More recently, high-throughput sequencing has extended the use of DNA barcoding to the identification of multiple species from a single sample [28]. This approach, referred to as metabarcoding, allows the simultaneous identification of multiple specimens from a single bulk-DNA extraction [29; 30]. While the COI marker has been used as a standard in barcoding applications, it is not the best choice when it comes to metabarcoding [31] and a shorter fragment in the 16S ribosomal gene has been specifically designed for metabarcoding applications for insects [32]. It was recently successfully used to analyze samples of Phlebotomine sandflies [30].

In this study, our objectives were three-fold: (i) to establish DNA barcode libraries for the mosquito fauna of French Guiana based on the COI and the 16S markers, (ii) to compare distance-based and tree-based methods of species delimitation to traditional taxonomy, and (iii) to evaluate the accuracy of each marker in identifying specimens.

Materials and methods

Ethics statement

This study was conducted according to the relevant national and international guidelines and did not involve endangered or protected species. Mosquito sampling was authorized by the French Office National des Forêts (ONF). Specific sampling authorizations were also obtained from the Réserve Naturelle Nationale managed by the ONF for the Montagnes de la Trinité, and from the Parc Amazonien de Guyane (PAG) for the field mission conducted at Mont Itoupé. Note that sampling carried out on private land was always conducted after receiving the permission from the owner.

Sampling and a priori identification

Sampling was conducted in various habitats in French Guiana between 2013 and 2015 [33; 34]. The following locations were sampled: Cayenne (4.913°N, 52.303°W), Kourou (5.168°N, 52.642°W), Macouria (5.014°N, 52.474°W), Matoury (4.851°N, 52.331°W), Mont Itoupé (3.023°N, 53.084°W), Montagnes de la Trinité (4.583°N, 53.343°W), Montsinéry (4.893°N, 52.493°W), Petit-Saut (5.066°N, 53.050°W), Régina (4.314°N, 52.129°W), Roura (4.728°N, 52.324°W), Saül (3.623°N, 53.210°W) and Sinnamary (5.377°N, 52.958°W). Immature container-inhabiting mosquitoes were collected by extracting water using a great variety of sucking devices in order to fit the variety of structures and water volumes. On several occasions, natural and artificial ovitraps were used, including bamboo stumps and artificial bromeliads installed at ground or canopy level. Immature mosquitoes from larger bodies of water were collected using a kick net. Adult mosquitoes were attracted in the field by human bait and captured using a butterfly net or, if settled, a tube. All of the samples used in this study were integrated into an online database record [33] available through the Global Biodiversity Information Facility (GBIF) data portal at http://www.gbif.org/dataset/5a8aa2ad-261c-4f61-a98e-26dd752fe1c5/ or through the Guyanensis platform (http://guyanensis.ups-tlse.fr/).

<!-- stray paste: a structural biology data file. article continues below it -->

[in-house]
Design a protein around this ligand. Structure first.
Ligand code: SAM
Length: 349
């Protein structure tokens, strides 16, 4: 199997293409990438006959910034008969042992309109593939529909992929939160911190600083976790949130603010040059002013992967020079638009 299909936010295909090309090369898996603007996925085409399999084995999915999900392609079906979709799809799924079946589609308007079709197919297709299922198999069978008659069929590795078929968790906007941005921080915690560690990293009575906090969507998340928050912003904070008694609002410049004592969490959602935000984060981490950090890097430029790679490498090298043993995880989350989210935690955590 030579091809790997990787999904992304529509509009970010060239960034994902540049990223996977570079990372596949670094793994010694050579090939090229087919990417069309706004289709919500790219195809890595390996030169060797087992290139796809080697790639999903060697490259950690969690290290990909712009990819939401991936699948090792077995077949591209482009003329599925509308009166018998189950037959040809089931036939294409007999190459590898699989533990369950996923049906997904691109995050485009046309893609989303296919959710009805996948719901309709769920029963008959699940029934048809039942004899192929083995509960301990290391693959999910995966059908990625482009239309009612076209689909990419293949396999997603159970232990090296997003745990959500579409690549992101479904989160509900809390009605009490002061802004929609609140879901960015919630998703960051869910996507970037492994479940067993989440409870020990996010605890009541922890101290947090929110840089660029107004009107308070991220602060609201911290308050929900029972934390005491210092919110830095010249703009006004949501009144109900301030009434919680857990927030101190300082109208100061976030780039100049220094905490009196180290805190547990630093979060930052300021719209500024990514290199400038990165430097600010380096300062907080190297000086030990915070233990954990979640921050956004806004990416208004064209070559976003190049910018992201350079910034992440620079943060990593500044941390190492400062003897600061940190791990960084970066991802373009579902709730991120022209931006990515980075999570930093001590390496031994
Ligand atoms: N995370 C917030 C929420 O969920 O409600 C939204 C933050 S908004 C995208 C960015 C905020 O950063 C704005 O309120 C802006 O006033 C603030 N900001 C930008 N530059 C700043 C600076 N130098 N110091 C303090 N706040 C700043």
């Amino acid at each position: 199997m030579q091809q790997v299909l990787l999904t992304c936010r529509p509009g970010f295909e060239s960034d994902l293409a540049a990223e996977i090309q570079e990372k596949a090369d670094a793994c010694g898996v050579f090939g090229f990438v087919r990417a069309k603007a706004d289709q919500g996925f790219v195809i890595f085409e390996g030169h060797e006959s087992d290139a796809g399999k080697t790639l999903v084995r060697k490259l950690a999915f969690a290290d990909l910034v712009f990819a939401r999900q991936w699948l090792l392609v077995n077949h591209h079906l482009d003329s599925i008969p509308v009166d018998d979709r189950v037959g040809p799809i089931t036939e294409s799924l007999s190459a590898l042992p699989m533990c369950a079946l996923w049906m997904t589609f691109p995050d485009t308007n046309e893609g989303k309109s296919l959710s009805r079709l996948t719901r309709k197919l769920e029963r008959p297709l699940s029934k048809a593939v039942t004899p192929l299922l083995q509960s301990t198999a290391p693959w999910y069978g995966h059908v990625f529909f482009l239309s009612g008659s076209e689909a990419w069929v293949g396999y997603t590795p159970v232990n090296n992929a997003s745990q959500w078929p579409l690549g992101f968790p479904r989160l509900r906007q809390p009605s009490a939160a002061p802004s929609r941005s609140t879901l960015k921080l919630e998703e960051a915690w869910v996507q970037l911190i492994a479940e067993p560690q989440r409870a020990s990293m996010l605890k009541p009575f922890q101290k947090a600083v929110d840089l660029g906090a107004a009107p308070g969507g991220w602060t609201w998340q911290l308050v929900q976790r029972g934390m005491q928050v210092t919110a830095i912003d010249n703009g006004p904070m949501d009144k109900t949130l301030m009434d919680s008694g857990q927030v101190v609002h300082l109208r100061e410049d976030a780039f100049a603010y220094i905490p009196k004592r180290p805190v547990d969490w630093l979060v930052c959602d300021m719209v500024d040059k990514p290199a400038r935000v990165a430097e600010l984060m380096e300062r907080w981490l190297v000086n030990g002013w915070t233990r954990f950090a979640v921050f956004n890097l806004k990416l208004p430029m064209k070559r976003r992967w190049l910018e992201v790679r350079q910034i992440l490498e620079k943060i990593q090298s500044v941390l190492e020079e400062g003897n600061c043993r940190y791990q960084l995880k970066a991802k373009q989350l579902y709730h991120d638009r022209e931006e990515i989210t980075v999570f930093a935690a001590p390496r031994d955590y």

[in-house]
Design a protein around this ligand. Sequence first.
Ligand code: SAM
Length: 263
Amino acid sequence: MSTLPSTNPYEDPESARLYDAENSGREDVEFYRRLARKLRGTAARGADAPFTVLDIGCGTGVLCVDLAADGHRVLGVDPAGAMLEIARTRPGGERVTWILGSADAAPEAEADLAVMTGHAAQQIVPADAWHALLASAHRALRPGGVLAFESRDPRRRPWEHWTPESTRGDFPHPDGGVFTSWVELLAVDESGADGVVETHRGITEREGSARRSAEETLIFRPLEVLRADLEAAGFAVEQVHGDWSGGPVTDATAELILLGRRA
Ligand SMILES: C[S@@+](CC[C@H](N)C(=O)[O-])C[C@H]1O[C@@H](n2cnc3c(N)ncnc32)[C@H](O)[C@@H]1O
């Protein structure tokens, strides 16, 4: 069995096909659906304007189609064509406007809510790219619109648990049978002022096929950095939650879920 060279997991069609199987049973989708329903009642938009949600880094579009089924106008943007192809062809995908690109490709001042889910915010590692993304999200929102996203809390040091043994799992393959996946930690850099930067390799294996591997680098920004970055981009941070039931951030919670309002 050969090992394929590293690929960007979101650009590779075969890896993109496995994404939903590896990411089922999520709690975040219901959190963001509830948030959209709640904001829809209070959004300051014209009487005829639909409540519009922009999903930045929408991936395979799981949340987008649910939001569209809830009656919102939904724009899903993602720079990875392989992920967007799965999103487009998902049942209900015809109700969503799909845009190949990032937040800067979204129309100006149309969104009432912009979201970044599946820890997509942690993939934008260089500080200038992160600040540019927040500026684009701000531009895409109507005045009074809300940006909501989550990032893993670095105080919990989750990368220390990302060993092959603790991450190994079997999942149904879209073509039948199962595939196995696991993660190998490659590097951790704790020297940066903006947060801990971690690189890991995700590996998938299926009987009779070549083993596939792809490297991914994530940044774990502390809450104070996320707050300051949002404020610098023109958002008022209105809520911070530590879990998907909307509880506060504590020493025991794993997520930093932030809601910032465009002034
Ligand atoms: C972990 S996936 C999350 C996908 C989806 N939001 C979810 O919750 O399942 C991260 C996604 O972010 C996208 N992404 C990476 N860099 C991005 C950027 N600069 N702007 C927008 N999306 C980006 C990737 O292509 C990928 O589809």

Whenever possible, samples were brought back alive to the laboratory. Immature mosquitoes were individually reared in 2 mL tubes and placed in an environmental chamber at 28°C in order to obtain adults. Fourth instar and pupal skins were sorted and stored in individual tubes containing 70% ethanol. When a sufficient number of adults was obtained, immatures were killed and stored in individual tubes containing 96% ethanol. Reared adults and those captured in the field were freeze-killed. Three legs from the right lateral side of each specimen were then carefully dissected on ice and kept in a separate vial containing 96% ethanol and stored at -20°C for further molecular investigations. Adults were mounted on their right side on a pin point and stored in entomological boxes. Specimen codes are based on the name of the collection followed by a unique serial number as proposed by Gaffigan and Pecor [35]. The same code was used for all of the biological material issued from the same specimen. When it was not possible to bring live samples back to the laboratory or to rear them, specimens were stored directly in the field in 96% ethanol. The identifications of specimens were made by the first author, often based on the examination of both immature and adult specimens, and by using the latest publications on the genus or on the subgenus concerned (see [10]). Most of the specimens sampled were identified to species level and, when this was not possible, we created classifications of morphospecies using the genus name followed by the suffix ‘sp.st’ associated with a capital letter.

Sequencing

DNA was extracted from two legs of each adult specimen or from a larval head (S1 Table) using the DNeasy Blood and Tissue Kit (Qiagen, Valencia, CA, USA). The standard 658 base pairs barcode of the mitochondrial Cytochrome c Oxidase subunit I gene (COI) was amplified using the primers LCO1490/HCO2198 [36]. The total PCR volume was 25 μL and consisted of 2.5 μL of 10X reaction buffer, 2 μL of 2.5 mM dNTPs, 2 μL of 25 mM MgCl2, 0.5 μL of each 10 μM primer, 0.2 μL of 5U/L Taq Polymerase, 15.3 μL of H2O and 2 μL of template DNA. The PCR cycles were as follows: 94°C for 2 min, 40 cycles at 94°C for 30 s, 49°C for 45 s and 72°C for 45 s, and then a final extension at 72°C for 1 min. The ‘insect metabarcode’ marker was amplified using the Ins16S_1 primer pair ([32]; Ins16S_1-F 5’- TRRGACGAGAAGACCCTATA-3’; Ins16S_1-R 5’- TCTTAATCCAACATCGAGGTC-3’). The total PCR volume was 26.8 μL and consisted of 2.7 μL of 10X reaction buffer, 1.7 μL of 2 mM dNTPs, 2.7 μL of 50 mM MgCl2, 1.3 μL of each 10 μM primer, 0.3 μL of 5U/L Taq Polymerase, 10 μL of H2O and 6.8 μL of template DNA. The PCR cycles were as follows: 95°C for 5 min, 35 cycles at 94°C for 30 s, 50°C for 30 s and 72°C for 30 s, and then a final extension at 72°C for 7 min. The PCR products for each marker were verified on 2% agarose gel and were commercially sequenced on an ABI3730 by Genoscreen (Lille, France). Forward and reverse sequences were edited and assembled using Geneious 9 (http://www.geneious.com/; [37]). All sequences were uploaded to the Barcode of Life Data Systems (BOLD; [38]) and can be found under BOLD accession numbers FGMOS001-16 to FGMOS1244-16.